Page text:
• Problem-solving — measures the ability to define a problem, generate ideas, evaluate each, and finally implement the solution.
  • Numerical computation and estimation — measures accuracy and swiftness of basic arithmetic skills.
  • Domain-specific knowledge — measures expertise in a functional area (example HR, Sales, Supply chain management).
  • Technical nuances — measures the depth of technical knowledge.
  • Learnability, retention and implementation of information — measures the ability to learn, retain, recall and apply knowledge to a specific area of work.
  • Keenness to keep up with the dynamic tech space — indicates eagerness to stay on top of technological advancements.

The list above gives only a generic view of what can be evaluated with assessments. Each industry/function/role comes with specific requirements and to cater to the variety, there are different types of assessments.

Types of assessments: The tech gateway to test

Broadly, assessments are classified as either technical or non-technical.

  • Technical assessments test knowledge, skills and aptitude. They also go by the names ‘role-based tests’ and ‘domain tests’. This is further categorised into two types: coding and non-coding.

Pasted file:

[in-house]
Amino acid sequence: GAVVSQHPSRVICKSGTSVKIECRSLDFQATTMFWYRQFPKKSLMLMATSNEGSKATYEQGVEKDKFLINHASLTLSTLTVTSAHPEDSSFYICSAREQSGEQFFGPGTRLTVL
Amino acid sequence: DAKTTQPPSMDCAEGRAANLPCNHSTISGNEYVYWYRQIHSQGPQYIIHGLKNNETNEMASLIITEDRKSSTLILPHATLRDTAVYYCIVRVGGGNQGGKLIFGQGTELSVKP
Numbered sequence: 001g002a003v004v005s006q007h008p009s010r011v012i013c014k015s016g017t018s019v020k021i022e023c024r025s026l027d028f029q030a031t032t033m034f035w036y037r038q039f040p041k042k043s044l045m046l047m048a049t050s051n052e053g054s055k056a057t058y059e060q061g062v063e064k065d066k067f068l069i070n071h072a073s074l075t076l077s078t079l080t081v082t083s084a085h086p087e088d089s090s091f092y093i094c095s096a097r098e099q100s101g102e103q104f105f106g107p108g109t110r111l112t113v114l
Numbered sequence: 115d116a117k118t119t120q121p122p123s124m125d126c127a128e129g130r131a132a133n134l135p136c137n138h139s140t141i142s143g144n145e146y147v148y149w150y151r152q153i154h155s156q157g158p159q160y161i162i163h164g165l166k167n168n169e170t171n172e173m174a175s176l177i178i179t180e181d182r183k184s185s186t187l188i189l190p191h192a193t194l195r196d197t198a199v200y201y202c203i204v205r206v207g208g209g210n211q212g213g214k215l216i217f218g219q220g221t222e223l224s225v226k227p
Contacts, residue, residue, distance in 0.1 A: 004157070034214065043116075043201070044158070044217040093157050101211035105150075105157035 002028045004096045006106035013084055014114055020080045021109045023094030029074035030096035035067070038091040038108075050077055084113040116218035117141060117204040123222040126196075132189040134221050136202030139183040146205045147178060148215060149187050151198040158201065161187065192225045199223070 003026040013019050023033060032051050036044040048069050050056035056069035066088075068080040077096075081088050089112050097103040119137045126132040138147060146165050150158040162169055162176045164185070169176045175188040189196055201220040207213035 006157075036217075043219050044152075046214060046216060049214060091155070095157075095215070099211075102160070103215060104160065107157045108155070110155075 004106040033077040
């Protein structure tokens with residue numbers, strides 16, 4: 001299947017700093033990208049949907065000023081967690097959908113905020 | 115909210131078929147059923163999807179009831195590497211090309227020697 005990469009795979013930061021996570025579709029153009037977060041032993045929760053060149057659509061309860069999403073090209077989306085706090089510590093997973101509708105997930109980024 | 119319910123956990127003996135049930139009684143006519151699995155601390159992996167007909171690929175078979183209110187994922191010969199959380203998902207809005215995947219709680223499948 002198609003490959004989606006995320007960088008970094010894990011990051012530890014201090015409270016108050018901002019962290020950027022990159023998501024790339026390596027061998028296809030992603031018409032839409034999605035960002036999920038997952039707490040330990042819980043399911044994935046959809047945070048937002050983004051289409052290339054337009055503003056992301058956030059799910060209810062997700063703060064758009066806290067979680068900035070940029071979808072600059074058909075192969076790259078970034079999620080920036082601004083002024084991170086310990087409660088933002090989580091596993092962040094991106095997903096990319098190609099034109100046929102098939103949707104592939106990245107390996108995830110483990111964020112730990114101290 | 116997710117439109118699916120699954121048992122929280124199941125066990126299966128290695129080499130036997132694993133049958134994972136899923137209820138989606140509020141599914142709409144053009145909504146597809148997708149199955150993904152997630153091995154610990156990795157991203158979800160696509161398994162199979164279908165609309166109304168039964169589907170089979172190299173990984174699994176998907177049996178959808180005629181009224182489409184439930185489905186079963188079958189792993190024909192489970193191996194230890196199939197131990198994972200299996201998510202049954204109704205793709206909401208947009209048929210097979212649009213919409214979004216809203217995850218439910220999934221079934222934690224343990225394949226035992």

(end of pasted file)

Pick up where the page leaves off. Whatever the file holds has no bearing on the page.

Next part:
• A coding test evaluates programming knowledge and the abilities of candidates to address technical questions and complete tasks.
    • A non-coding test evaluates skills unrelated to coding. For example, it tests candidates for their domain knowledge in areas such Sales, HR, Supply Chain Management, Finance and Accounting
    • Non-technical skill assessments check for compatibility-levels between a candidate and an employer. It evaluates whether the candidate is a good-fit for the organisation’s culture, beliefs, processes, structure and customs.

    Now that there is a broad knowledge of the types of assessments, let us dive deeper into the main focus of this blog: coding technical assessments

    Technical assessment: Identifying hidden capabilities

    HirePro coding assessment

    Educational qualification and technical competency are not always proportional. Sometimes, a candidate equipped with just a three-month code bootcamp training may have better coding skills than a graduate who has attended a four-year university course. How will you identify the better candidate?